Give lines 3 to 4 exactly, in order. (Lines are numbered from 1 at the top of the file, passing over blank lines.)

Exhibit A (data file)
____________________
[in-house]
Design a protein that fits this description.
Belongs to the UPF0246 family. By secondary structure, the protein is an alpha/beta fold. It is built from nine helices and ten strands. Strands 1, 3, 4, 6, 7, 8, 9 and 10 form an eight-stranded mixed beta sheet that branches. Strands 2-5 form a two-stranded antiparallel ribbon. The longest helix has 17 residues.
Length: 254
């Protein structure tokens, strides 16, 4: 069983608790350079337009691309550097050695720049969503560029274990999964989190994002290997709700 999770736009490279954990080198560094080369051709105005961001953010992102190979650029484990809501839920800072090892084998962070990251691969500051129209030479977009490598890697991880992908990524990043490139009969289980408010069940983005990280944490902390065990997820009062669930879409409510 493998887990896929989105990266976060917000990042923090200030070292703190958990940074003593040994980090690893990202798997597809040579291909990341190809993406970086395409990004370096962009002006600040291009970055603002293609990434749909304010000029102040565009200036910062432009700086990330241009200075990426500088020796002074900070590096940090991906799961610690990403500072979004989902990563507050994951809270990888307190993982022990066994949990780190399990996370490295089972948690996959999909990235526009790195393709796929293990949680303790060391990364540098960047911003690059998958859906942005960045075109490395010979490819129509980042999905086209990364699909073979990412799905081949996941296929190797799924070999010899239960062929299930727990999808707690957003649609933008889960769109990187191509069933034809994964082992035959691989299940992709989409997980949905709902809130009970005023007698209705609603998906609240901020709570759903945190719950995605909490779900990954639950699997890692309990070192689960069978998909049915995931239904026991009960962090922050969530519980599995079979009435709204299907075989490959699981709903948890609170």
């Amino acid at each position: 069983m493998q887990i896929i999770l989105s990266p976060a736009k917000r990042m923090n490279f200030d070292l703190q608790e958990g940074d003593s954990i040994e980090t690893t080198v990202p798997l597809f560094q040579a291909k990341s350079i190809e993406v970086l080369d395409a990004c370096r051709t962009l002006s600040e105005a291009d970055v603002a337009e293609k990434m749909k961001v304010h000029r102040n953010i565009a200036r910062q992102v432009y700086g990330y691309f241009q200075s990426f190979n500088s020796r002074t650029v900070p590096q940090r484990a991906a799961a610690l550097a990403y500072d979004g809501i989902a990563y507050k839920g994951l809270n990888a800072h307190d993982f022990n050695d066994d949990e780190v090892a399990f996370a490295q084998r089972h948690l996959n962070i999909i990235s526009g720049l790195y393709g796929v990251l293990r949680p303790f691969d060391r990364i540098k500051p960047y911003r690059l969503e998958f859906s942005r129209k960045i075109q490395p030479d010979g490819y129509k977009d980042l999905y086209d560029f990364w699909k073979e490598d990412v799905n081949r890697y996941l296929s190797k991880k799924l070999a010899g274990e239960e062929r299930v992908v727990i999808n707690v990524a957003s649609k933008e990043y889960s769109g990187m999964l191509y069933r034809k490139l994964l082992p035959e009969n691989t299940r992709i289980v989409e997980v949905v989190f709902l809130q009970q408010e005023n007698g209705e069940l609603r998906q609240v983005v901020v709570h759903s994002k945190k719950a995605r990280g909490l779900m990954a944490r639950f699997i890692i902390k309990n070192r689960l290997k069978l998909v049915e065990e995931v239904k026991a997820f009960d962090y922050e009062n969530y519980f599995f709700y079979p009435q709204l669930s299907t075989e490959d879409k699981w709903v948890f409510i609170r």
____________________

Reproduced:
Belongs to the UPF0246 family. By secondary structure, the protein is an alpha/beta fold. It is built from nine helices and ten strands. Strands 1, 3, 4, 6, 7, 8, 9 and 10 form an eight-stranded mixed beta sheet that branches. Strands 2-5 form a two-stranded antiparallel ribbon. The longest helix has 17 residues.
Length: 254